24 Facts About Rosh Hashanah

1. Rosh Hashanah is a time of judgment, tempered with the great love God has for His people.

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2. Rosh Hashanah is the Jewish new year, the beginning of the month of Tishrei.

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3. Rosh Hashanah is the first of ten Jewish high holy days ending with Yom Kippur.

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4. Rosh Hashanah is the celebration of the Jewish New Year and one of the most important religious holidays in Judaism.

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5. Rosh Hashanah marks the first and second days of the Jewish New Year.

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6. Rosh Hashanah is celebrated in many different ways by Jewish communities with songs, prayers, stories and special foods.

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7. Rosh Hashanah is a Jewish holiday marking the first and second days of the Jewish year.

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8. In 2017, Rosh Hashanah began at sundown Wednesday, September 20, and ended with nightfall Friday, September 22.

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9. Rosh Hashanah is the Jewish New Year that falls on the first and second days of the Jewish month of Tishrei, at the end of the summer.

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10. Rosh Hashanah is a time of reviewing and repairing one's relationship with God, the Supreme Judge.

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11. Rosh Hashanah is known as the Day of Judgment, for it is believed that on this day God judges all of his people and decides on their fate in the next year.

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12. Rosh Hashanah occurs on the first and second days of the Jewish month of Tishri.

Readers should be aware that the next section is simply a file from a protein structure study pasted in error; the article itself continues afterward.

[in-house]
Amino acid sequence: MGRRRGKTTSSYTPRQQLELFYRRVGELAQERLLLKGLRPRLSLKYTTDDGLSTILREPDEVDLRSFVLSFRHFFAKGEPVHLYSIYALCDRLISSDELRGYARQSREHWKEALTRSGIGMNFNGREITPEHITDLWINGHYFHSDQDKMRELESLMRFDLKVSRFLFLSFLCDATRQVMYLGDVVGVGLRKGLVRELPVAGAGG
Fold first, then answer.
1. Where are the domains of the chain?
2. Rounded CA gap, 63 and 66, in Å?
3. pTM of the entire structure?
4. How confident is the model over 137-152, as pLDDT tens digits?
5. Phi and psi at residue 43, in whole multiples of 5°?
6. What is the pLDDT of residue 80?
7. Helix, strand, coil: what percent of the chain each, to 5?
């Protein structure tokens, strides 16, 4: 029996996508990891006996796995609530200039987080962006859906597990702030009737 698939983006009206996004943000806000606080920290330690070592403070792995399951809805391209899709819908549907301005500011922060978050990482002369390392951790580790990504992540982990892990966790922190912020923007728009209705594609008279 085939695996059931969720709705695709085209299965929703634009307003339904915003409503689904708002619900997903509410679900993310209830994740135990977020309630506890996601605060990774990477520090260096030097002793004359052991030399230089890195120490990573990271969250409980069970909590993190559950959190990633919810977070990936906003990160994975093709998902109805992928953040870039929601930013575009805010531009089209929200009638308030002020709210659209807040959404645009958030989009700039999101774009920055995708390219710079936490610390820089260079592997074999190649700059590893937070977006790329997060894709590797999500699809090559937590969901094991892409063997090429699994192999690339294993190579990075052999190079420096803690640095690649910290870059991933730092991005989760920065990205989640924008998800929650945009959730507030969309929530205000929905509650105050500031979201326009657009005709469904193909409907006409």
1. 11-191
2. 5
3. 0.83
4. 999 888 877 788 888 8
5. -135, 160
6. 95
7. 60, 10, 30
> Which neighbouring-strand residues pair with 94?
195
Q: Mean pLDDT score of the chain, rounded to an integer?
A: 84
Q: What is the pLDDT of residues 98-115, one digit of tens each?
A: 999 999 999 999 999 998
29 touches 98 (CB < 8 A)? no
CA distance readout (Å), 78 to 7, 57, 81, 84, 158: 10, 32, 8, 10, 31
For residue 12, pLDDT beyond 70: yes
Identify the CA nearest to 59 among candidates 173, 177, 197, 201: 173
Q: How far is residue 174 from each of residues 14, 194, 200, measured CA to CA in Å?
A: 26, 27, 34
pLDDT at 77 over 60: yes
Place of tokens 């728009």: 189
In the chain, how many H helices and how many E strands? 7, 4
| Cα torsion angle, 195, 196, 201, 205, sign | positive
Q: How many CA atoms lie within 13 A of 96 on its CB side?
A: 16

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13. Rosh Hashanah begins the Days of Awe, a 10-day period ending with Yom Kippur during which observers reflect upon and repent their deeds of the previous year and consider the year ahead.

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14. Rosh Hashanah begins the Days of Awe, a 10-day period ending with Yom Kippur.

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15. Rosh Hashanah falls in the seventh month of the Hebrew calendar, Tishrei, when God is said to have created the world, hence the celebration of the new year.

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16. In 2018, Rosh Hashanah will begin on Sunday evening at sundown and conclude at sundown on Tuesday.

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17. Rosh Hashanah is the holiday marking the Jewish new year, and leads into the Days of Awe, serving as a time to both rejoice and engage in self-reflection.

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18. Rosh Hashanah is the Jewish New Year and is celebrated in early Autumn.

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19. Rosh Hashanah is the Jewish new year, often referred to as the "Birth of the World.

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20. The latest Gregorian date that Rosh Hashanah can occur is October 5, as happened in 1815, 1929 and 1967, and will happen again in 2043.

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21. Rosh Hashanah occurs 163 days after the first day of Passover.

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22. Rosh Hashanah is the day of "Yom Hadin", known as Judgment day.

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23. Rosh Hashanah marks the start of a new year in the Hebrew calendar.

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24. Rosh Hashanah is a two-day celebration that begins on the first day of Tishrei, which is the seventh month of the ecclesiastical year.

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